Table 3: Expression levels of the snoRNAs in sputum samples of 59 NSCLC patients vs. 61 cancer-free smokers by using qRT-PCR assay.

Table-3

Combined use of the two snoRNAs generated 74.58% sensitivity and 83.61% specificity. Sputum cytology has 45.76% sensitivity and 90.16% specificity. Therefore, the biomarker panel had a significantly higher sensitivity (74.58%) compared with sputum cytology (45.76%), while a low specificity (83.61% vs. 90.16%) (All P < 0.05). Interestingly, combining both the snoRNA biomarkers and sputum cytology provided a higher sensitivity (81.36%) than any single approach used alone (P < 0.05), while still keeping 90.16% specificity.

Since a larger lung PN could more likely to be cancerous compared with a smaller lung PN [26], we used a logistic model analysis to evaluate the integration of size of PNs and biomarker panel for lung cancer diagnosis. The integration produced 0.93 AUC (Supplementary Table 1), which was significantly higher than that (0.86 AUC) of the biomarker panel used alone (P = 0.02). Accordingly, combined analysis of the biomarker panel and size of PNs produced both higher sensitivity (85.25% vs. 74.58%) and specificity (89.83% vs. 83.61%) than did the biomarker panel for lung cancer diagnosis (All p < 0.05). Furthermore, because smoking is a main cause of lung cancer, we also evaluated the value of integrating smoking status and the biomarker panel for lung cancer diagnosis. The incorporation of smoking pack-years into this snoRNA biomarker-based model created an AUC of 0.92, being significantly higher than that of the biomarkers (0.86 AUC) (P = 0.03) (Supplementary Table 1). Consequently, combined use of the biomarker panel and smoking status produced a higher sensitivity (83.61% vs. 74.58%; P < 0.05) compared with the biomarker panel used alone, while maintaining a similar specificity (84.75% vs. 83.61%; P > 0.05). However, the inclusion of both smoking pack-years and size of PNs into this biomarkers model did not exhibit a significantly higher AUC (0.93) than did either integrating the biomarkers with smoking status (0.92) or integrating the biomarkers with size of PNs (0.93) (All P > 0.05) (Supplementary Table 1).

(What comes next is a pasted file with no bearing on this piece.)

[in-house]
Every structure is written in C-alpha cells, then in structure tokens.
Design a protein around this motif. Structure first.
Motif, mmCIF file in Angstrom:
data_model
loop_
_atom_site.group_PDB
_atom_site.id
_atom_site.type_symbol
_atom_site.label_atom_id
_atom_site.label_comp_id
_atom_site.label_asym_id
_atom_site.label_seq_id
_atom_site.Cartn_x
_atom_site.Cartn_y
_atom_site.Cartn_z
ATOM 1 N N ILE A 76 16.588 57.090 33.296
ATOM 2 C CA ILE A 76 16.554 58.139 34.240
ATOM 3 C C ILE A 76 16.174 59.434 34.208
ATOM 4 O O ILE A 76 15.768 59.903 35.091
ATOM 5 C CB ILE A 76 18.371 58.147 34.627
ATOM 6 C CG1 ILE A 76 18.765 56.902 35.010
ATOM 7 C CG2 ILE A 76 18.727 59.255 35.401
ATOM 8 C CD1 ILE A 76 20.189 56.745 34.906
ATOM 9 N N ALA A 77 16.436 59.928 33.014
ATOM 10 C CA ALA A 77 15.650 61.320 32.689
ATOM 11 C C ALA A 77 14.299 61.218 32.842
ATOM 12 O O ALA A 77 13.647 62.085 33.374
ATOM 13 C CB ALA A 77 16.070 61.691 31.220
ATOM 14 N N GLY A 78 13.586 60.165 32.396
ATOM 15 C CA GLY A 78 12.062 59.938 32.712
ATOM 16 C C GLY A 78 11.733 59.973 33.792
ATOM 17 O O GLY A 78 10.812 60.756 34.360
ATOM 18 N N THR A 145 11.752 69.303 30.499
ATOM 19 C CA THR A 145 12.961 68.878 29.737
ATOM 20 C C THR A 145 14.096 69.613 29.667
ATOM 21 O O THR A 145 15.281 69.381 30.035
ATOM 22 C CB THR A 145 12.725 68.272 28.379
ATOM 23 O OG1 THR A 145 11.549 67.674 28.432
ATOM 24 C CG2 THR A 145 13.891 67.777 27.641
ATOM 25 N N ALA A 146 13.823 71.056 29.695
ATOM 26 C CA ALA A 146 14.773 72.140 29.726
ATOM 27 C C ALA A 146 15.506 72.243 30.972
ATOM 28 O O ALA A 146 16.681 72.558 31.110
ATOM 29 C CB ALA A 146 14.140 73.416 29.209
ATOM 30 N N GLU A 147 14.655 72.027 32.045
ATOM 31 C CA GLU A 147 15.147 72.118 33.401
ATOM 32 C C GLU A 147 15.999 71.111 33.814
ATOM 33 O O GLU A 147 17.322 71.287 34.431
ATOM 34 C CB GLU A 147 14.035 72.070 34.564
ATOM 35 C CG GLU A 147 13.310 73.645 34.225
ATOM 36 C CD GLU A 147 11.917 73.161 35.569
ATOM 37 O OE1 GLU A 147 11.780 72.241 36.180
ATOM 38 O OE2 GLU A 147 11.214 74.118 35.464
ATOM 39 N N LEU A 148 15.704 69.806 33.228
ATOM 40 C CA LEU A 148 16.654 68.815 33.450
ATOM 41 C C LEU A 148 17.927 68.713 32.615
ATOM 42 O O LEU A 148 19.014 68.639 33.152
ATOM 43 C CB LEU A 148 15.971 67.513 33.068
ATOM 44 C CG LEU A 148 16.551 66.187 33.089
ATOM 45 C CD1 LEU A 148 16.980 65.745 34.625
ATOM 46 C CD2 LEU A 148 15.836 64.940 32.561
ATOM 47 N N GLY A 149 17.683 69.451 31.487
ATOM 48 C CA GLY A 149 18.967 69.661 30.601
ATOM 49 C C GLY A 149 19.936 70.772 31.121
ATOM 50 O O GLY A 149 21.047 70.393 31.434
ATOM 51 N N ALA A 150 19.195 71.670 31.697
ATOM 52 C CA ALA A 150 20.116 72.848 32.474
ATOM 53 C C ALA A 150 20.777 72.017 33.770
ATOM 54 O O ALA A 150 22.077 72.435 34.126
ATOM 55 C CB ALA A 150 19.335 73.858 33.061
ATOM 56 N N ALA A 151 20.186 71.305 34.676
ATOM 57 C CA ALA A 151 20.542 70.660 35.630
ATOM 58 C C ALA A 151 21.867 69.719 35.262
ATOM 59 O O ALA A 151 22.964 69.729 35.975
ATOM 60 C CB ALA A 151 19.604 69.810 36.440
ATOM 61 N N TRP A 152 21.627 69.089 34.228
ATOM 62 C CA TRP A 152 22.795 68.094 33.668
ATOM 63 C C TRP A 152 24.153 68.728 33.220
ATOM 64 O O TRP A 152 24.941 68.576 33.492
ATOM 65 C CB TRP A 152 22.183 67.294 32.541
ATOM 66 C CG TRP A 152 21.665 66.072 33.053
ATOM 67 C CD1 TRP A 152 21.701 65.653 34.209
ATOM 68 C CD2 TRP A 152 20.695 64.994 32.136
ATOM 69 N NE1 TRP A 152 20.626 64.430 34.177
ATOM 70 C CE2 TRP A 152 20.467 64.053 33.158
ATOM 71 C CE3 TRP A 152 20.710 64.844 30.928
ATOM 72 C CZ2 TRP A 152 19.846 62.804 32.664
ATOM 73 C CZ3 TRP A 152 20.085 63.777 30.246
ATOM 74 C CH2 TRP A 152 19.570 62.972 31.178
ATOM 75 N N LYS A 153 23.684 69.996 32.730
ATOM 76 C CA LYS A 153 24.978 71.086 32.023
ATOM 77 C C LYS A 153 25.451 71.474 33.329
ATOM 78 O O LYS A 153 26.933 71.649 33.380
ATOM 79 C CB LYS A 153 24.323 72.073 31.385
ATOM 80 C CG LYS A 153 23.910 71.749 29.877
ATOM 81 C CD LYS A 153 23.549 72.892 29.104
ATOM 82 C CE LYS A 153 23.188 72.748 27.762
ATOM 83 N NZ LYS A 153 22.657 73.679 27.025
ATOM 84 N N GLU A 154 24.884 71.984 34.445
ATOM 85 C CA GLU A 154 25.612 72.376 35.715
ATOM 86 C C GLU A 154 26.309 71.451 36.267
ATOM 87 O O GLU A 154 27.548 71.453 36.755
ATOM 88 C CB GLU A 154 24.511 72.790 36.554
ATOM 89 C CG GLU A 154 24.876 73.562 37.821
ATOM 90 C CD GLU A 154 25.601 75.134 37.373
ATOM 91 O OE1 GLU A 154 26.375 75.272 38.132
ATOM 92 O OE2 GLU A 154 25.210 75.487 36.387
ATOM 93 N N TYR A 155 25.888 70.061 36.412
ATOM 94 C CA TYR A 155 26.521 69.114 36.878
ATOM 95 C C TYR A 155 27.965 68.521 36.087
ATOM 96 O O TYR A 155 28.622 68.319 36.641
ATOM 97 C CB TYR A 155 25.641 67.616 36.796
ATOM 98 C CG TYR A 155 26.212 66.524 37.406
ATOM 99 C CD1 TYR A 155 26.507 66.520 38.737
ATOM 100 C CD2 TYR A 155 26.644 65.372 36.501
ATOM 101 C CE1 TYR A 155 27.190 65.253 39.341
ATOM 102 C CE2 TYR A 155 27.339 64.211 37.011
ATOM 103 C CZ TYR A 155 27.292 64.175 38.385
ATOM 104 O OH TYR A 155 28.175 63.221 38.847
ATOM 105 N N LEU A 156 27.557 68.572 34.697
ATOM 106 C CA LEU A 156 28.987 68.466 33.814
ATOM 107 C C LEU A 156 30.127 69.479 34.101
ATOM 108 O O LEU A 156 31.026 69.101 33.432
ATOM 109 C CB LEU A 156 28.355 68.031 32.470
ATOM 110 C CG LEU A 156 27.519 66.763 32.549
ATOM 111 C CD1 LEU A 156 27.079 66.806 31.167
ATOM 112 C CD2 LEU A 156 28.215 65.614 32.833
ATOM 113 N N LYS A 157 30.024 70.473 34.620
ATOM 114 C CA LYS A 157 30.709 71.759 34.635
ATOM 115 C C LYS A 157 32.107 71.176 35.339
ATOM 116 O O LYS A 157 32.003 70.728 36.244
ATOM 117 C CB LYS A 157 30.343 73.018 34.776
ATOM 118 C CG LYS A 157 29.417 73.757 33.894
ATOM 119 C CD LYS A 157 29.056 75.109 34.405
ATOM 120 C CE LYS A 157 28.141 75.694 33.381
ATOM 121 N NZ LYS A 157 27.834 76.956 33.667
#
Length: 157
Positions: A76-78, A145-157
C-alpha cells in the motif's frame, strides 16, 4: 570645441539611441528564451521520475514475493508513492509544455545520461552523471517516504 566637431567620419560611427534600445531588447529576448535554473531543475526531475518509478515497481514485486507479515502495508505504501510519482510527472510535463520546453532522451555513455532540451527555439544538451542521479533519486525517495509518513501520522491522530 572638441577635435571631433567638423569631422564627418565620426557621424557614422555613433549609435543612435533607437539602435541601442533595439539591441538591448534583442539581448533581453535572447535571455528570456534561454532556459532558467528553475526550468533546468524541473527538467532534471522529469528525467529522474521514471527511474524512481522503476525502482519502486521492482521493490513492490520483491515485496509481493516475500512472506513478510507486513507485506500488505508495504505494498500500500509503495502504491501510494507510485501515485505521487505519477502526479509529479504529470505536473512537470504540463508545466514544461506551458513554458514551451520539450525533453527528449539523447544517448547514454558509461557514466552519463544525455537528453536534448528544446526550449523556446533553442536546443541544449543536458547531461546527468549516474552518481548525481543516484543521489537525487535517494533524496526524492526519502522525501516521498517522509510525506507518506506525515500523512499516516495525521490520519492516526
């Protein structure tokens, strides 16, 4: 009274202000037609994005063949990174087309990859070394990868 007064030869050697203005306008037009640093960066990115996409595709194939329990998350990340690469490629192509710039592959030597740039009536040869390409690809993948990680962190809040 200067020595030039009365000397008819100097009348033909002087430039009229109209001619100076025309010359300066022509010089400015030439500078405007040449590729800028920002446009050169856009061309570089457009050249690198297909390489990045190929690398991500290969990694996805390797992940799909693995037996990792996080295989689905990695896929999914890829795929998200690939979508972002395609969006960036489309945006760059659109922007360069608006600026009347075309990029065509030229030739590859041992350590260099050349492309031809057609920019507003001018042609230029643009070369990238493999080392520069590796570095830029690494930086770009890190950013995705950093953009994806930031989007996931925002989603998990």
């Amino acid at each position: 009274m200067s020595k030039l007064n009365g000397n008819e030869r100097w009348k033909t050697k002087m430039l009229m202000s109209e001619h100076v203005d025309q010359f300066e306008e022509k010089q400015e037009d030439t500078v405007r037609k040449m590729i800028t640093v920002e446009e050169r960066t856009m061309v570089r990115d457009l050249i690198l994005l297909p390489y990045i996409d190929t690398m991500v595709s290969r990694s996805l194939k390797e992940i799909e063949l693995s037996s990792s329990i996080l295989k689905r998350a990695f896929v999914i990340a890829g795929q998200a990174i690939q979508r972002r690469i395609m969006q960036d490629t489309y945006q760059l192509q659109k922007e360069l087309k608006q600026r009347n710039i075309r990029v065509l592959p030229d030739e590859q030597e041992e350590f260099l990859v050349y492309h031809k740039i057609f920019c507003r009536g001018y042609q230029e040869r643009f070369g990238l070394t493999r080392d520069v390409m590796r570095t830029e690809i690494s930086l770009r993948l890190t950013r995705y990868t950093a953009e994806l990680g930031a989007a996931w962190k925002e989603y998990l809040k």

In this project, the cases and controls were recruited in the University of Maryland Medical Center and the Baltimore VA Medical Center. Regular CT imaging was performed for all the cases and controls as part of clinical standard care. The initially regular CT scan could identify 55 of the 59 lung cancer cases in the training set, and classified 14 of the 61 cancer-free subjects as lung cancer patients. The CT diagnosis has a sensitivity of 93.22% and a specificity of 77.05% for lung cancer. Therefore, the snoRNA biomarkers had a higher specificity (83.61% vs. 77.05%), whereas a lower sensitivity (75.58% vs. 93.22%) than did the CT imaging (All P < 0.05). Interestingly, combined use of the biomarker panel and CT produced a significantly higher specificity (86.89% vs, 77.05%; P < 0.05) and a similar sensitivity (91.53% vs. 93.22%; P > 0.05), as compared with the initial CT scan (Supplementary Figure 2). The observations suggest that the sputum snoRNA biomarkers might have the potential to improve CT scan for lung cancer diagnosis by increasing its specificity.

Validating the panel of sputum snoRNA biomarkers in a testing cohort of specimens

The panel of sputum snoRNA biomarkers was validated in a testing cohort (Table 2) in a blinded fashion using the optimal thresholds established in the above training set. The panel of the snoRNAs had 74.63% sensitivity and 84.06% specificity for diagnosis of NSCLC. Furthermore, sputum cytology showed 44.78% sensitivity and 91.30% specificity. The use of the sputum biomarkers and cytology in combination produced a higher sensitivity (82.09%) than an approach used alone (All P < 0.05), while maintaining 91.30% specificity. In addition, combined analysis of the biomarker panel and size of PNs produced a higher sensitivity (85.07% vs. 74.63%) and a higher specificity (89.86% vs. 84.06%) compared with the biomarker panel (All P < 0.05). Moreover, the integration of the biomarkers and smoking status created a higher sensitivity (83.58% vs. 74.63%; P < 0.05) compared with the biomarker panel, while keeping a similar specificity (84.06% vs. 83.61%; P > 0.05). The initially regular CT scan had a sensitivity of 92.54% and a specificity of 76.81% for lung cancer diagnosis. Combined use of the biomarker panel and CT yielded a higher specificity (86.96% vs. 76.81%; P < 0.05) and a similar sensitivity compared with the initial CT scan (91.04% vs. 92.54%; P > 0.05). Therefore, the results created from the validation study in a different set of cases and controls confirmed the potential of using snoRNAs as sputum biomarkers for NSCLC.

Receiver-operator characteristic (ROC) curve analysis of expression levels of the four snoRNAs in sputum of 59 patients diagnosed with NSCLC and 61 cancer-free smokers.